Their trajectories range from the longest (No. 1 Wood or Driver) to average lengths and average heights (No. 5 to No. 7 Wood). They are considered by the majority of players as the most difficult to master. The Woods which are played most frequently are the No. 1 to No. 5 Woods.

FIG. 2 represents a set of “Irons” arranged according to shaft length and of decreasing power, i.e. ranging from the No. 1 Iron to the No. 10 Iron and to the “Sand-Wedge”.

They are played from the fairway and around the aprons of each hole. Golfers use them frequently and generally expect greater precision from them than from Woods. The heads 4 of the Irons are generally made of metal, but more and more are made of composite materials. The head 4 is attached to a shaft 6 which can also be of metal or of composite material.

In the case of metal materials, they are, in the case of the invention, high specification metals which in particular allow the shaft to withstand the power of the shots permitted by the club without the weight of the shaft becoming prohibitive.

If the shaft was too heavy, it would be necessary to lighten the weight of the head so that the total weight of the club remains acceptable in relation to the abilities and muscle power of the player. Now, a club whose head is lighter than the shaft is badly balanced and difficult to play with.

By high specification metals is meant, in particular, a steel with greater strength than ordinary steel, or an alloy of aluminium or of titanium.

In order to lighten the shaft it can be advantageously produced in a tubular form.

FIG. 3 shows the trajectories of balls. The abscissa corresponds to the horizontal distances D relative to the position of the player. The ordinate H corresponds to the altitudes.

Present-day irons produce high and short trajectories for the “short” irons (with high numbers), for example, the trajectory T10 for the 10 Iron (Pitching-Wedge), trajectories of medium height and length for the intermediate Irons, for example, trajectory T7 for the 7 Iron, or also long and low trajectories for the long Irons, for example, trajectory T2 for the 2 Iron. The height limit of the trajectories of irons belonging to all the classic sets shown by the line PP′, should be noted, which decreases in a homogeneous and progressive fashion from the “short” irons to the “long” irons.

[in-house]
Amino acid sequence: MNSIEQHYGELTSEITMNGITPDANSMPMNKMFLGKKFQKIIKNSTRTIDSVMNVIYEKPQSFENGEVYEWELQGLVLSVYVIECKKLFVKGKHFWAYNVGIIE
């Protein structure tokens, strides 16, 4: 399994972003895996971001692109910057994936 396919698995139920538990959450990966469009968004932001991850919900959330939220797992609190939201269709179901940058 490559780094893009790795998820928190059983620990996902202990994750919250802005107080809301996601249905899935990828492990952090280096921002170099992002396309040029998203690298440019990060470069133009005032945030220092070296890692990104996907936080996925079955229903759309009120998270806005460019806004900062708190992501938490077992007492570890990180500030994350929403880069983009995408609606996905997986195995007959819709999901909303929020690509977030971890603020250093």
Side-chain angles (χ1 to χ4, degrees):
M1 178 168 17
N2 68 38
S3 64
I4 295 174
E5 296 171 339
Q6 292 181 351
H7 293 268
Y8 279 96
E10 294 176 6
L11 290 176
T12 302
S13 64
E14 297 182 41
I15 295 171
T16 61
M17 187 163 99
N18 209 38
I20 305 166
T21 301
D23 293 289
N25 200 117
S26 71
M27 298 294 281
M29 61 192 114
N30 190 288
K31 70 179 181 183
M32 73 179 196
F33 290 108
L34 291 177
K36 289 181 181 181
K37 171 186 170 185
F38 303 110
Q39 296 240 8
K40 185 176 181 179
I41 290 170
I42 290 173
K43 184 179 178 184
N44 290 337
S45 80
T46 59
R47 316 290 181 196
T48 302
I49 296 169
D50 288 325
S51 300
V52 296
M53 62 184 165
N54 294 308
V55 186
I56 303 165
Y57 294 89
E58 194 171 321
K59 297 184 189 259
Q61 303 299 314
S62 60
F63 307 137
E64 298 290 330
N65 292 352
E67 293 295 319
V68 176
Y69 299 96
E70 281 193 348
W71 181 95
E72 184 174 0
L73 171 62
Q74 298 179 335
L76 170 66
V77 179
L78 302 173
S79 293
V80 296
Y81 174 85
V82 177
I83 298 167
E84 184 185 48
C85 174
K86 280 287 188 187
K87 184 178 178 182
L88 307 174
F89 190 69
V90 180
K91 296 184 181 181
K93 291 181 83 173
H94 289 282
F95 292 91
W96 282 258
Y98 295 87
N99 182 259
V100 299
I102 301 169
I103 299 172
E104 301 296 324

The line PP′ constitutes the generator of a cone the vertical axis of which is the axis of ordinates and the trajectories obtained with known irons are all situated inside this cone.

As shown in FIGS. 4 and 5, the head 4 of an “Iron” club comprises a socket area 8 defining the shaft axis 7 and a grooved striking area 9 connected in a monobloc fashion with the socket area 8. The grooved striking area 9 includes a striking face 11 which is of general plane shape and has a lower edge which is approximately rectilinear 12 which is adjacent to and parallel with the ground 13 at the moment the ball is struck.

The lie angle a of the club is defined by the angle formed by the axis 7 of the shaft 6 with the horizontal plane 8, when the club is held in the “address” position, i.e. with the median line 14 of the face 11 situated in a vertical plane (by manufacture the grooves provided on the striking face 11 are then horizontal). In a current set of irons, the angle a varies from approximately 56 (1 Iron) to 66 (Sand-Wedge Iron).